45 of Boston’s leaders begin their LeadBoston journey
LeadBoston, YW Boston’s inclusive leadership program, launched a new class year this month. On Wednesday, January 15, the LeadBoston Class of 2020 met for the first time during Orientation. Burns & Levinson graciously hosted the three-hour gathering, at which we welcomed the incoming participants, Boston Mayor Martin J Walsh spoke, and the class began to get to know one another. Throughout 2020, the LeadBoston Class of 2020 will gain a broader perspective about Boston’s overarching city systems and the root causes of diversity, equity, and inclusion challenges. With this knowledge, they will create plans and make decisions that will enable their organizations and communities to thrive.
During orientation, a number of speakers gave the Class of 2020 a preview of their year to come. Rachael Conway, YW Boston’s LeadBoston Manager, and Jeff Rogers, LeadBoston Moderator, introduced themselves and worked with the class to set the “Community Agreements” for their eleven months together, such as “Lean into discomfort” and “Seek learning, not perfection.” Beth Chandler, YW Boston’s President and CEO and LeadBoston Class of 2014, had two tips to the Class for getting the most out of their LeadBoston experience: (1) “Show up,” by being present both physically and mentally at the monthly program days and (2) “Challenge yourself and each other” by being open to and presenting unique experiences and opinions. Two additional alums addressed the class. Susan Stenger, Class of 2009, welcomed the class to Burns & Levinson and spoke about her experience as a LeadBoston participant. Lisa Graustein, Class of 2018, introduced herself and explained that she will be helping to put together online modules for the class’s learning throughout the year.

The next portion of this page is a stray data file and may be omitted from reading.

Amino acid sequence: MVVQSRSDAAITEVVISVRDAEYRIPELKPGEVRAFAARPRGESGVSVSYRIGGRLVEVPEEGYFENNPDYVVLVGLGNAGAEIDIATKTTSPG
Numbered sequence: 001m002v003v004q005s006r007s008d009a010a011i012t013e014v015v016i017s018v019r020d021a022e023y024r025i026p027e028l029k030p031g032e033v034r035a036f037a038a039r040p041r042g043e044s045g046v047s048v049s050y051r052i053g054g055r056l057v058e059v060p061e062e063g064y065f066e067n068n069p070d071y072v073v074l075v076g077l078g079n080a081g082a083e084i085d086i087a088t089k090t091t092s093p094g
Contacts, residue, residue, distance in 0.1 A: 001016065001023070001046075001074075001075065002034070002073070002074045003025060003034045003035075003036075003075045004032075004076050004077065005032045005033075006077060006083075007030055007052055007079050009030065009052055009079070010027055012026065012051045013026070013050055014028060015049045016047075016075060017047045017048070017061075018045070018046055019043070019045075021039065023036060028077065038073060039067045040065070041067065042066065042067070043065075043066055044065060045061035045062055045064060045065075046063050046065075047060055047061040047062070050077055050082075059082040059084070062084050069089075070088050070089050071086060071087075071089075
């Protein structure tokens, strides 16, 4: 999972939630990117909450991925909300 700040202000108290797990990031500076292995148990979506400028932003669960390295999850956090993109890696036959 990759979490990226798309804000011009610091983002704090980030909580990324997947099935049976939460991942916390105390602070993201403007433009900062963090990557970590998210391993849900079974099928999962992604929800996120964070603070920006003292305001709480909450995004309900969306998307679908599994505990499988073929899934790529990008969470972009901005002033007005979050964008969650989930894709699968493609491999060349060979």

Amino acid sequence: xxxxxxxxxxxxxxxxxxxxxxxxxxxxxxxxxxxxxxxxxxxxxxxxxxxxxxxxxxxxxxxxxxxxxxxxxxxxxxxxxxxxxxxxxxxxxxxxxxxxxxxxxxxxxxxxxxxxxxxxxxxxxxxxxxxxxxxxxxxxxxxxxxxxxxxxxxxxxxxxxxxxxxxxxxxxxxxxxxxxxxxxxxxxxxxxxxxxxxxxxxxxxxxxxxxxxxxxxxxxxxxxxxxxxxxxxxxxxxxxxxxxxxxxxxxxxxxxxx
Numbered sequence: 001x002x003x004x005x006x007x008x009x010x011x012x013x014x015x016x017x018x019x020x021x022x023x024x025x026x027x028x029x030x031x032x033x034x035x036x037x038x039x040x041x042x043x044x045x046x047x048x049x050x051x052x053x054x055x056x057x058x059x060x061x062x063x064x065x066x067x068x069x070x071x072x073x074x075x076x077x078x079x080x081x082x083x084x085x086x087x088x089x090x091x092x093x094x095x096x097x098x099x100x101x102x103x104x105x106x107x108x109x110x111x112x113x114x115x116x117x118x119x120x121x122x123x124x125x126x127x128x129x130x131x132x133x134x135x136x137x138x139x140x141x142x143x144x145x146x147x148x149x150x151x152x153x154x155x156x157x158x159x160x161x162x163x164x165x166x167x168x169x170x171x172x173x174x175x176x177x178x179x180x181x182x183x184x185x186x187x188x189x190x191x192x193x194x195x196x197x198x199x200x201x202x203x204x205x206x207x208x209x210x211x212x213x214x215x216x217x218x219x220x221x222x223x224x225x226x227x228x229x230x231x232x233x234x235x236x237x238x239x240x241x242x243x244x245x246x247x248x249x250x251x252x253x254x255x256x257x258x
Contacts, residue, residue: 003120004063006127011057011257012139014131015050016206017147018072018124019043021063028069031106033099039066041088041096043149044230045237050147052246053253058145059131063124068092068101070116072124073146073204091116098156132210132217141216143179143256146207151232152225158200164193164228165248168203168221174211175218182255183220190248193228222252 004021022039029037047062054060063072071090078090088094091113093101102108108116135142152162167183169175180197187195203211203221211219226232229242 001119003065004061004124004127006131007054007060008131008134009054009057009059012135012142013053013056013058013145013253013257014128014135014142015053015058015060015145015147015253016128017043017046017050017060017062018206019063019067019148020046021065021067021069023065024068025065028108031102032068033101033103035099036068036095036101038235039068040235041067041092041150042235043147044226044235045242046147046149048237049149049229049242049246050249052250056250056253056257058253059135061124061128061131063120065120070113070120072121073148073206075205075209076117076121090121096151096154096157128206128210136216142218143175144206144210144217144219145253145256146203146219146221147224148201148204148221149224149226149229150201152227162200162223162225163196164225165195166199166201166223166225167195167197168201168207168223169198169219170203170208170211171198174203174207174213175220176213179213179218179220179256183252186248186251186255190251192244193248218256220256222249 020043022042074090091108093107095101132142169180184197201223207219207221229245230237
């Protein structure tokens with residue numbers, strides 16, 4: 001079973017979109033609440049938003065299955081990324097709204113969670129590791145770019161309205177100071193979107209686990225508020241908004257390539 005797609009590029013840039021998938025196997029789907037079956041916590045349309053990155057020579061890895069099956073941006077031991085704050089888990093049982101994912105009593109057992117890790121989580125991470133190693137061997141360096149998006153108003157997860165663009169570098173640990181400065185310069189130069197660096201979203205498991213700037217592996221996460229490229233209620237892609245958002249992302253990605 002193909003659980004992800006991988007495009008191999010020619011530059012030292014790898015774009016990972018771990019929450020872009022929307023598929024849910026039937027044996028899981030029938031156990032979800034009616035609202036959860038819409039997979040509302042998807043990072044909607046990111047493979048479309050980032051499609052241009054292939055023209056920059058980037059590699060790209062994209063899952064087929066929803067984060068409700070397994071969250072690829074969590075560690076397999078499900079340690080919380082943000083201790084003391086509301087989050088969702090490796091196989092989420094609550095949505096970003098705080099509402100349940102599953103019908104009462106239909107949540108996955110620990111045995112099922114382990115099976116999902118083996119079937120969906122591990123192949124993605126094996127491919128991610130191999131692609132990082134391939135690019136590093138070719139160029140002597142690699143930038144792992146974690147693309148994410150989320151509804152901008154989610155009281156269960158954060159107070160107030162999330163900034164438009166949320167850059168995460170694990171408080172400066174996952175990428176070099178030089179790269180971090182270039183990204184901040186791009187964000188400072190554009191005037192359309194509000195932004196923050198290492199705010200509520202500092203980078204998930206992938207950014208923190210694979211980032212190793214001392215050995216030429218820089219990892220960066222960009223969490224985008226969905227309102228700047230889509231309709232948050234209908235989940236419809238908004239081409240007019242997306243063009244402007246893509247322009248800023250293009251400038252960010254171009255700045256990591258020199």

Boston Mayor Martin J Walsh joined Orientation to speak about the importance of LeadBoston and how it equips leaders to better respond to the needs of Boston. He recognized the power of cohort-based learning, stating that,”Creating sustainable change is working together and intentional. It is sharing goals of equity.” In LeadBoston, he explained, “You are going to learn about the history of this city, and that is something that is really important in understanding how to change a culture — understanding the history of the city and of an organization, working to change disparities and to be more inclusive.” He explained that he knew there was inequality in Boston before he became Mayor, but he found there was so much more to learn. He applauded LeadBoston’s work to help more leaders understand Boston’s systems, explaining, “You are going to be learning how to support equity in all areas of city life, such as housing, education, immigration, and so many other different areas.” Thank you Mayor Walsh for joining us and welcoming the Class of 2020.
Members of the LeadBoston Class of 2020 expressed their excitement for joining the class on Twitter:
— Omari Jahi Aarons (@omariaarons) January 16, 2020
I am excited to be a member of LeadBoston 2020. Changemaking is a skill that must be learned, cultivated, and developed. Grateful to @DARollins and @SCDAONews for investing in equity and inclusion work. https://t.co/aQw84hiRev
— Amanda Teo (@AmandaTeoADA) January 16, 2020
Welcome LeadBoston Class of 2020! We are excited to see the impact you will make during and following your LeadBoston experience.
Become a part of YW Boston’s LeadBoston program and join a network of over 1,000 inclusive leaders in Boston. During this 10-month program, participants explore and learn how to address barriers to inclusion through facilitated dialogue, expert speakers, and peer learning. Through experiential activities, participants delve into the socioeconomic realities of Boston and explore innovative solutions to inequity.